Nikon D3300

Nikon’s new en­try-level D-SLR brings no gi­ant leaps in tech­nol­ogy, but many use­ful steps, as Rod Law­ton finds out

NPhoto - - Test Team -

Just weeks af­ter launch­ing the Wi-Fi-en­abled D5300 for en­thu­si­asts, Nikon has now an­nounced a new ad­di­tion to its en­try-level cam­era range.

The D3300 shares the same 24-megapixel res­o­lu­tion as the ex­ist­ing D3200, but boasts a se­ries of in­no­va­tions and en­hance­ments that will make it more ap­peal­ing not just to novices but to more ad­vanced users too. Per­haps the big­gest news of all is not the cam­era it­self but what’s mounted on the front.

Brand new kit lens

Nikon’s 18-55mm VR kit lens has been a stan­dard fix­ture on the com­pany’s low-to-mid range D-SLRs for some years. It per­forms very well, with great op­ti­cal qual­ity and an un­usu­ally good close fo­cus­ing ca­pa­bil­ity. How­ever, it’s not pretty, and it sticks out a long way from the cam­era body, so al­though Nikon’s D3000-se­ries and D5000-se­ries cam­eras are pretty com­pact, as soon as you add the lens this ad­van­tage is gone. This is why Nikon’s new ‘re­tractable’ 18-55mm kit lens is so sig­nif­i­cant. It uses a mech­a­nism sim­i­lar to the one used in the Nikon 1 range’s 10-30mm zoom to shrink the lens down to a much smaller size for stor­age and easy porta­bil­ity.

The new lens is 70g lighter than the old one, and when you com­bine this with the D3300’s lighter body, you get a con­sid­er­able weight sav­ing – and it be­comes Nikon’s small­est D-SLR zoom kit ever.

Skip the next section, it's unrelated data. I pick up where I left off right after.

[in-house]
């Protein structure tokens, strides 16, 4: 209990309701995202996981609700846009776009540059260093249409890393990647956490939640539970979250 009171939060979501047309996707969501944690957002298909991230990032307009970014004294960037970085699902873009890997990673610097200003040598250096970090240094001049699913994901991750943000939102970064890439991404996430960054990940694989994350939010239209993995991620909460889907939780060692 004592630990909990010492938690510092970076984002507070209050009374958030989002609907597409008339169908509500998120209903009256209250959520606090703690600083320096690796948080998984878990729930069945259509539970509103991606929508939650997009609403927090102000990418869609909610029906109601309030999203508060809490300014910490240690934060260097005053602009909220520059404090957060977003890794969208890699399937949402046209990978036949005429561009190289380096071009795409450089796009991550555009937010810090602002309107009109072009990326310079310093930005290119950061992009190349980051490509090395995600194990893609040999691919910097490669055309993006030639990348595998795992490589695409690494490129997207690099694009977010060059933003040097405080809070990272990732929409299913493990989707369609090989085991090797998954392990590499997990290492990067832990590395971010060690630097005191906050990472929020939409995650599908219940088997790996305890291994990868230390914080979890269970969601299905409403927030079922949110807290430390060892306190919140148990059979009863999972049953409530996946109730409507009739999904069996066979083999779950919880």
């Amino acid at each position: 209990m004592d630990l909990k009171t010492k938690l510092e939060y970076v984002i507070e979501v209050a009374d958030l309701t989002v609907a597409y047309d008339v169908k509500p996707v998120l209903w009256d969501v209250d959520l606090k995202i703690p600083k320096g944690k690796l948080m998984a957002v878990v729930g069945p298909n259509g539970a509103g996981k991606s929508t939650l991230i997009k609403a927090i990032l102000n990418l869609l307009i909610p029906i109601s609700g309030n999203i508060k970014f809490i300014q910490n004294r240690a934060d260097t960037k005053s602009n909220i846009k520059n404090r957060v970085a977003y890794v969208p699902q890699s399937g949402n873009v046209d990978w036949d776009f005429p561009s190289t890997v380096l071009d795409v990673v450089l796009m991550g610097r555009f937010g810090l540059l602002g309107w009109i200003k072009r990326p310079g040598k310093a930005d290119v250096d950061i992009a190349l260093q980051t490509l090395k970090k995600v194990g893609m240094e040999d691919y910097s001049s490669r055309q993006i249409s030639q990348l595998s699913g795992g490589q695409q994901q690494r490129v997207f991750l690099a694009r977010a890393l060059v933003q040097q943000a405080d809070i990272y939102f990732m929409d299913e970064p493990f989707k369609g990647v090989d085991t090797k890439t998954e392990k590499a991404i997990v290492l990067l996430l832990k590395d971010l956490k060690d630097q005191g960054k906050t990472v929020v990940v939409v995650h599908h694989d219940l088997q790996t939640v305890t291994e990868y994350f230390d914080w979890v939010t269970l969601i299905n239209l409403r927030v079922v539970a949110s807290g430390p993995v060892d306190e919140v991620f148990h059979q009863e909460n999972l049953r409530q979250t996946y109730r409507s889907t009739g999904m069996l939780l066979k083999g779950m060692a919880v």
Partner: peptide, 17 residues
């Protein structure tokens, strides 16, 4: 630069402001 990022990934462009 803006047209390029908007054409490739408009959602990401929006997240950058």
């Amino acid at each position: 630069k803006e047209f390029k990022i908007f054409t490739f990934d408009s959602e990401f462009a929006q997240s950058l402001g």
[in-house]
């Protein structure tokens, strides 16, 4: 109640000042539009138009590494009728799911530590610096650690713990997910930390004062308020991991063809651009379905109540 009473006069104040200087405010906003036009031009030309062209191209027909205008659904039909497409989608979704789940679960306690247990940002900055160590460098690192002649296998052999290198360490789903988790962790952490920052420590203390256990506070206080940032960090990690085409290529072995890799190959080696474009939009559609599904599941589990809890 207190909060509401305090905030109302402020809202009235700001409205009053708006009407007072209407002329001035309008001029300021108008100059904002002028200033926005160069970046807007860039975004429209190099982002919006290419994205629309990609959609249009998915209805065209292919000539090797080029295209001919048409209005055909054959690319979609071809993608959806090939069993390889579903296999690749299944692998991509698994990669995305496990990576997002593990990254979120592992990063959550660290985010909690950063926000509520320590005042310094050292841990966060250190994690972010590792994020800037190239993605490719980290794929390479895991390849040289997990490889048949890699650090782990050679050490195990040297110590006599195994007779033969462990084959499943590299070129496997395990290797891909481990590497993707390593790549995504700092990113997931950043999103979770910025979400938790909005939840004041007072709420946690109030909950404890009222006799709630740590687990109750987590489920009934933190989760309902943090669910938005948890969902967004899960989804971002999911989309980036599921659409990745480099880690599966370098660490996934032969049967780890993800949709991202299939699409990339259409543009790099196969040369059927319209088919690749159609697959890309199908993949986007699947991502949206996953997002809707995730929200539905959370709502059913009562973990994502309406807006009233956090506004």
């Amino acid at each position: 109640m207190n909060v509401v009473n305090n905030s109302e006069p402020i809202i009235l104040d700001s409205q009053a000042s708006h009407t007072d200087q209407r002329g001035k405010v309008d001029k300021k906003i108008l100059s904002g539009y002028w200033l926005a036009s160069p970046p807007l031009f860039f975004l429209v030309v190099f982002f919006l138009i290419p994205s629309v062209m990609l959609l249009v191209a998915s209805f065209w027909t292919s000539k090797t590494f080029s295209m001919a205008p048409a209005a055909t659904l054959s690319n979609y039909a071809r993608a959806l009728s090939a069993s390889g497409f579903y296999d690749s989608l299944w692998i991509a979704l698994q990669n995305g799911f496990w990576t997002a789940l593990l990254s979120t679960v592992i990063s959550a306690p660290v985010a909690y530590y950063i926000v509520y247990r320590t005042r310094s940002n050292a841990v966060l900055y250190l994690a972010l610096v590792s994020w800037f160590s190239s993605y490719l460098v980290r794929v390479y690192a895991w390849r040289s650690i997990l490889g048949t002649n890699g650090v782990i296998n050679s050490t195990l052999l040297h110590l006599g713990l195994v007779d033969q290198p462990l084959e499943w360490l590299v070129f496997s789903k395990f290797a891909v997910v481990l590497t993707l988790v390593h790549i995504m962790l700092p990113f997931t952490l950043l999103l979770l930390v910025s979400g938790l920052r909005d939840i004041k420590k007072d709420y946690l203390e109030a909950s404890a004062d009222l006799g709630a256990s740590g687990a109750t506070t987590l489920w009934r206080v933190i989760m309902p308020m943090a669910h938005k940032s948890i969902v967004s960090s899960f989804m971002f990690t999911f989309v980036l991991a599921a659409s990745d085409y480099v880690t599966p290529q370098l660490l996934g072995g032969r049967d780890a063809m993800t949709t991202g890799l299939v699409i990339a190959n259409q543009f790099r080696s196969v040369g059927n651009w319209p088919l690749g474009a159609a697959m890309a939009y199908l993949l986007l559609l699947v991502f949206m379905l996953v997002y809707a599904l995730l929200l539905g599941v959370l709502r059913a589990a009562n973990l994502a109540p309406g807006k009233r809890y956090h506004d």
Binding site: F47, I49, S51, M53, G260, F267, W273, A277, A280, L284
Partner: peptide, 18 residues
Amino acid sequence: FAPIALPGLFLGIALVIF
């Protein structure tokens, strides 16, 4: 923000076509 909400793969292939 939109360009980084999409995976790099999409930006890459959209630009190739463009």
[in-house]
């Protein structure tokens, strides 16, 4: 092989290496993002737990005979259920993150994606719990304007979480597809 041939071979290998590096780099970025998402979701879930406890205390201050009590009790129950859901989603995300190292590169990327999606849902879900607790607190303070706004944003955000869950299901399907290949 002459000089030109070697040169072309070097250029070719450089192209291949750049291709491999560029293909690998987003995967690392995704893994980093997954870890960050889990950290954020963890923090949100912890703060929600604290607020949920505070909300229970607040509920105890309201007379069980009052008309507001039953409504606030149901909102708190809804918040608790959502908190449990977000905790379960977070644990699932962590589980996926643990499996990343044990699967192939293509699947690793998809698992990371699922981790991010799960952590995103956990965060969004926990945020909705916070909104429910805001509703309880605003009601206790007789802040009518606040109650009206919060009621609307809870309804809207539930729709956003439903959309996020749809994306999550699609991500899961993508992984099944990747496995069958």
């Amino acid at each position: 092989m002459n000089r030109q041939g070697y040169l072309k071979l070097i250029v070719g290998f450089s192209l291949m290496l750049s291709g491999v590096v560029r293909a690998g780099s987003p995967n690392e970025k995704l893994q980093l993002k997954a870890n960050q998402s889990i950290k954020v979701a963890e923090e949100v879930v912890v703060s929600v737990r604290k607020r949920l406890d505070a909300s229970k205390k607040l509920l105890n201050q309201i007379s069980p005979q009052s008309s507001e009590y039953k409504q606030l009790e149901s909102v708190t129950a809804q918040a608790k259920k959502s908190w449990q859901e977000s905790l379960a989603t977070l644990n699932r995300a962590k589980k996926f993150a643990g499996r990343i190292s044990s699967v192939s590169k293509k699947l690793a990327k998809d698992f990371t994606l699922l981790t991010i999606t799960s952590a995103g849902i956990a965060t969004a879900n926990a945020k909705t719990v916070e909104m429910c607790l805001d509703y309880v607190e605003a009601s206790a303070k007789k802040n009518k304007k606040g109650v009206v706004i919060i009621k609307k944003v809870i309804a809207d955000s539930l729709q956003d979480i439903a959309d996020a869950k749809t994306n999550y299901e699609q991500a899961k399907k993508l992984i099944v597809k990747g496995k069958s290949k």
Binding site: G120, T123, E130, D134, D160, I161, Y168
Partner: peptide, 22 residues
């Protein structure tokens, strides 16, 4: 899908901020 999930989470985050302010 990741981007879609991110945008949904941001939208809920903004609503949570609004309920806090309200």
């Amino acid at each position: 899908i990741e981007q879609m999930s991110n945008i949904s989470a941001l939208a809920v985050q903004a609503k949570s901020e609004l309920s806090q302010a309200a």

The op­ti­cal spec­i­fi­ca­tions of the new re­tract­ing kit lens are ex­actly the same as the older lens, with a max­i­mum aper­ture of f/3.5-5.6 and Nikon’s VR im­age sta­bil­i­sa­tion sys­tem built in; we’ll bring you the re­sults of our lab tests on this lens next is­sue.

Sen­sor and sen­si­tiv­ity

The D3300 has a 24-megapixel sen­sor, just like the ex­ist­ing D3200, but there are some dif­fer­ences. The D3300 is the lat­est Nikon D-SLR to The D3300 will be avail­able in black, grey and red. Which colour would you choose? have the anti-alias­ing fil­ter re­moved from the sen­sor. These blur fine de­tail very slightly to pre­vent any moiré (in­ter­fer­ence) ef­fects with fine fabrics and pat­terns, but Nikon has de­cided they’re no longer nec­es­sary with sen­sors of this res­o­lu­tion. As a re­sult, the D3300 should pro­duce slightly sharper fine de­tail than the D3200, even though the megapixel count is the same.

Nikon has also added a newer and more pow­er­ful ver­sion of its Expeed im­age pro­cess­ing hard­ware (see the box op­po­site). This in­creases the D3300’s max­i­mum ISO by 1EV com­pared to the D3200.

What, no Wi-Fi?

In­ter­est­ingly, Nikon has de­cided not in­cor­po­rate Wi-Fi into the D3300, so the D5300 is still the only Nikon D-SLR with Wi-Fi (and GPS) built in. But the D3300 is com­pat­i­ble with the Nikon WU-1a adap­tor, which is both in­ex­pen­sive and easy to use – see our

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